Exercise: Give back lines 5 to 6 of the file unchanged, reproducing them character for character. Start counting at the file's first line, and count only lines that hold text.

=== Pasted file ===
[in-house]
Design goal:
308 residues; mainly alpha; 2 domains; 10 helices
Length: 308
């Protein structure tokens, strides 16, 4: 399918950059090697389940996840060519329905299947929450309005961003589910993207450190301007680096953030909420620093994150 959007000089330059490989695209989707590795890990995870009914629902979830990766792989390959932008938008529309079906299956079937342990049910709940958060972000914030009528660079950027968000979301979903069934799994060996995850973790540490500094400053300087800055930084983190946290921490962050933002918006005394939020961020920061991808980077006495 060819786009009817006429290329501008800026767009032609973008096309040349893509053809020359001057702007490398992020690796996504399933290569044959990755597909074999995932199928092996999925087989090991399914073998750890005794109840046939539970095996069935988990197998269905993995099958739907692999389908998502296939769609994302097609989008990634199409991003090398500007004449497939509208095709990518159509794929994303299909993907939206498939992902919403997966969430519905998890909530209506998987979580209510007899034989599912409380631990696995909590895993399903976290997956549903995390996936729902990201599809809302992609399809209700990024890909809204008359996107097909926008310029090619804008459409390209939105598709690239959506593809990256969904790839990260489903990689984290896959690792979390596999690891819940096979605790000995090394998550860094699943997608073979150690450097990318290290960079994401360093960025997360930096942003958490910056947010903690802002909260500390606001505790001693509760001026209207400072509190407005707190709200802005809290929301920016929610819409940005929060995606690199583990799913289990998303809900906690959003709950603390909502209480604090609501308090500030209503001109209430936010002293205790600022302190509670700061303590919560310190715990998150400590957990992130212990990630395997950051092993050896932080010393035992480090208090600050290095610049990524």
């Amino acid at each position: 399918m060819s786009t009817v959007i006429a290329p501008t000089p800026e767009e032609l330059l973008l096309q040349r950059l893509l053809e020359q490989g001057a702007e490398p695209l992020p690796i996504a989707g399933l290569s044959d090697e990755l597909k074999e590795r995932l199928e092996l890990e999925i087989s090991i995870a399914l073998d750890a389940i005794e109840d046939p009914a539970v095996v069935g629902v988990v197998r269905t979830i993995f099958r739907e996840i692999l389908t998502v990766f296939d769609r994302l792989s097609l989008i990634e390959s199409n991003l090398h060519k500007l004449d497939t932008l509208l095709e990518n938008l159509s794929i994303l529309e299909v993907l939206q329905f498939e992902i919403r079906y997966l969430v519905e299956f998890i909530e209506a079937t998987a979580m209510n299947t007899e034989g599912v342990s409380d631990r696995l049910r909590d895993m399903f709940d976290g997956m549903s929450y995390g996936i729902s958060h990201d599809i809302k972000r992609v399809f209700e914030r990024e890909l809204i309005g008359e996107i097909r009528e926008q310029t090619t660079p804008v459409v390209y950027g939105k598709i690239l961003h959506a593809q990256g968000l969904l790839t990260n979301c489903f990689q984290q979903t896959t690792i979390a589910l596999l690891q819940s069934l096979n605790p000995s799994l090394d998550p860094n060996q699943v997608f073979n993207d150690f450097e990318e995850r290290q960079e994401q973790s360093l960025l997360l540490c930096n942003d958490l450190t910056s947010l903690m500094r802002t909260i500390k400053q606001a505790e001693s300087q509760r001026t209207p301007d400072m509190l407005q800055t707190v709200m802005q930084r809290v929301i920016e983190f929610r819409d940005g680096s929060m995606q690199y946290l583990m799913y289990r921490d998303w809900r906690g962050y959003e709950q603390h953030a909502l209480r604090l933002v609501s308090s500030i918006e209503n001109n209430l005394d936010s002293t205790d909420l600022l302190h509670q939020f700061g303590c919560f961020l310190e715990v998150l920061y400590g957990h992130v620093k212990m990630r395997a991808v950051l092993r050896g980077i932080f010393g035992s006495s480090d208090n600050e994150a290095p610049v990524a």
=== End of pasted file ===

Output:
């Protein structure tokens, strides 16, 4: 399918950059090697389940996840060519329905299947929450309005961003589910993207450190301007680096953030909420620093994150 959007000089330059490989695209989707590795890990995870009914629902979830990766792989390959932008938008529309079906299956079937342990049910709940958060972000914030009528660079950027968000979301979903069934799994060996995850973790540490500094400053300087800055930084983190946290921490962050933002918006005394939020961020920061991808980077006495 060819786009009817006429290329501008800026767009032609973008096309040349893509053809020359001057702007490398992020690796996504399933290569044959990755597909074999995932199928092996999925087989090991399914073998750890005794109840046939539970095996069935988990197998269905993995099958739907692999389908998502296939769609994302097609989008990634199409991003090398500007004449497939509208095709990518159509794929994303299909993907939206498939992902919403997966969430519905998890909530209506998987979580209510007899034989599912409380631990696995909590895993399903976290997956549903995390996936729902990201599809809302992609399809209700990024890909809204008359996107097909926008310029090619804008459409390209939105598709690239959506593809990256969904790839990260489903990689984290896959690792979390596999690891819940096979605790000995090394998550860094699943997608073979150690450097990318290290960079994401360093960025997360930096942003958490910056947010903690802002909260500390606001505790001693509760001026209207400072509190407005707190709200802005809290929301920016929610819409940005929060995606690199583990799913289990998303809900906690959003709950603390909502209480604090609501308090500030209503001109209430936010002293205790600022302190509670700061303590919560310190715990998150400590957990992130212990990630395997950051092993050896932080010393035992480090208090600050290095610049990524």
């Amino acid at each position: 399918m060819s786009t009817v959007i006429a290329p501008t000089p800026e767009e032609l330059l973008l096309q040349r950059l893509l053809e020359q490989g001057a702007e490398p695209l992020p690796i996504a989707g399933l290569s044959d090697e990755l597909k074999e590795r995932l199928e092996l890990e999925i087989s090991i995870a399914l073998d750890a389940i005794e109840d046939p009914a539970v095996v069935g629902v988990v197998r269905t979830i993995f099958r739907e996840i692999l389908t998502v990766f296939d769609r994302l792989s097609l989008i990634e390959s199409n991003l090398h060519k500007l004449d497939t932008l509208l095709e990518n938008l159509s794929i994303l529309e299909v993907l939206q329905f498939e992902i919403r079906y997966l969430v519905e299956f998890i909530e209506a079937t998987a979580m209510n299947t007899e034989g599912v342990s409380d631990r696995l049910r909590d895993m399903f709940d976290g997956m549903s929450y995390g996936i729902s958060h990201d599809i809302k972000r992609v399809f209700e914030r990024e890909l809204i309005g008359e996107i097909r009528e926008q310029t090619t660079p804008v459409v390209y950027g939105k598709i690239l961003h959506a593809q990256g968000l969904l790839t990260n979301c489903f990689q984290q979903t896959t690792i979390a589910l596999l690891q819940s069934l096979n605790p000995s799994l090394d998550p860094n060996q699943v997608f073979n993207d150690f450097e990318e995850r290290q960079e994401q973790s360093l960025l997360l540490c930096n942003d958490l450190t910056s947010l903690m500094r802002t909260i500390k400053q606001a505790e001693s300087q509760r001026t209207p301007d400072m509190l407005q800055t707190v709200m802005q930084r809290v929301i920016e983190f929610r819409d940005g680096s929060m995606q690199y946290l583990m799913y289990r921490d998303w809900r906690g962050y959003e709950q603390h953030a909502l209480r604090l933002v609501s308090s500030i918006e209503n001109n209430l005394d936010s002293t205790d909420l600022l302190h509670q939020f700061g303590c919560f961020l310190e715990v998150l920061y400590g957990h992130v620093k212990m990630r395997a991808v950051l092993r050896g980077i932080f010393g035992s006495s480090d208090n600050e994150a290095p610049v990524a």